It is possible to split a large problem into several small jobs. Each job can be ran on a different machine. In this case, it is better to use different random stream for each thread across all the machines. The random number generator used in this program can have at most 1024 independent streams. Since each thread has a different stream, the number of machines can be used for a problem are: 1024/(num_thread_each_machine). For example, if each machine will use 16 threads, the first machine will have a start_rand_id = 1 and the second machine will have a start_rand_id = 17.

File Format

In the package, there are several samples can be used to test and help you understand the usage of TIM-OS.  Look in

example/cube5med/

where you can find the following files:

  • cube_5med.mesh: defines tetrahedral mesh for a cubic with five different regions.
  • cube_5med.opt: defines optical parameters.
  • cube_5med.source: defines source.

Format for tetrahedral mesh file.

The following data is from cube_5med.mesh. The comments are added later. TIM-OS does not allow comments in this version.

9261                   | number of nodes in this mesh
48000                  | number of tetrahedra in this mesh
-5 -5 -5               | follows 9261 lines data
-5 -4.5 -5             | each line is a node’s position (X, Y, Z)
-5 -4 -5
-5 -3.5 -5
-5 -3 -5
-5 -2.5 -5
-5 -2 -5
-5 -1.5 -5

5 5 5
1 2 23 443 1           | follows 48000 lines of data
1 443 23 464 1         | each line defines a tetrahedron:
1 442 443 464 1        | node_idx1 node_idx2 node_idx3 node_idx4 region_idx
1 22 23 464 1          | node index starts from 1
1 22 442 464 1         | region index starts from 1

6020 6021 6042 6462 2  | tetrahedron belongs to region 2

Format for optical parameter file.

The following data is from cube_5med.opt.

| 1: assign the optical parameters to the regions of the phantom 
| 2: assign the optical parameters to the tetrahedra of the phantom 
| In this setting, each tetrahedron can have different optical parameters 
| Since there are five regions in the model file, we need to define five sets of optical parameters. 
| Each line contains four values: 
0.05 20 0.9 1.3 | mu_a: absorption coefficient 
0.20 20 0.8 1.2 | mu_s: scattering coefficient 
0.10 10 0.9 1.4 | g: anisotropy factor 
0.20 20 0.9 1.5 | n: refractive index
| 1: the environment has an uniform refractive index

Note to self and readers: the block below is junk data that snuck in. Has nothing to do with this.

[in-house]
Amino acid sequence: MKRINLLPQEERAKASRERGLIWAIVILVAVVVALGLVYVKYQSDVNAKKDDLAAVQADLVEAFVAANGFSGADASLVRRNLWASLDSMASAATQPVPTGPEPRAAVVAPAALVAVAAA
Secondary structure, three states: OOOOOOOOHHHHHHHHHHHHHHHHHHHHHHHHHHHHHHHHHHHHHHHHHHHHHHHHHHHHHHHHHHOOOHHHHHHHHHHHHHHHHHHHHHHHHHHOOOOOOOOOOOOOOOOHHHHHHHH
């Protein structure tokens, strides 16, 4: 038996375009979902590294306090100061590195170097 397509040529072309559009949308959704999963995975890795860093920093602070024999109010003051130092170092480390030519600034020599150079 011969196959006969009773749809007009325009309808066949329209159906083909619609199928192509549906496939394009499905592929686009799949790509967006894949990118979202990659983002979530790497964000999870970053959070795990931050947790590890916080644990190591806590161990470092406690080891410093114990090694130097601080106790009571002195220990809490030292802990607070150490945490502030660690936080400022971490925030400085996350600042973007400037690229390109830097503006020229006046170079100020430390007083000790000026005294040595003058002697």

| 2: the environment will match the refractive index of the boundary tetrahedron which means no reflection on the boundary. 
1.0 
| If the above line is 1, then this is the refractive index of the environment 
… 

Format for source file.

The following data is from cube_5med.source

1                         | the first line define the number of sources
1 0.3 1.31 1.333 10000000 | the second line define a isotropic point source

Current version of TIM-OS accepts three types of sources: isotropic point, isotropic region, pencil beam

isotropic point source (type id 1)

To define a point source, we need first specify it is a isotropic point source (type id 1). Then, we need the position of the source (x y z) and how many photons will be simulated for this point source. Definitely, the position of the source should be inside the mesh.

1             0.3 1.31 1.333    10000000
Source Type | Position(X,Y,Z) | NumPhoton

isotropic region source (type id 2)

To define a region source, we need the source type (type id 2), the tetrahedron it in (the index of the tetrahedron), and the number of photons:

2             1430                10000000
Source Type | Tetrahedron Index | NumPhoton

pencil beam source (type id 11)

To define a pencil beam source, we need the source type (type id 11), the tetrahedron index it hits on the surface, the position (x y z) it hits, the direction (ux uy uz) of the source, and the number of photons:


11            4537                0 0 0             0 0 1                  100000000 
Source Type | Tetrahedron Index | Position(X,Y,Z) | Direction (UX,UY,UZ) | NumPhoton

The support of pencil beam source is very limited in this version. The pencil beam should be normal to the surface triangle it hits on. TIM-OS will not check whether it is normal or not.

Now it is time to run TIM-OS:

../../timos -p cube_5med.opt -f cube_5med.mesh -s cube_5med.source -o test.dat -m si -t 32 -T 0.1 2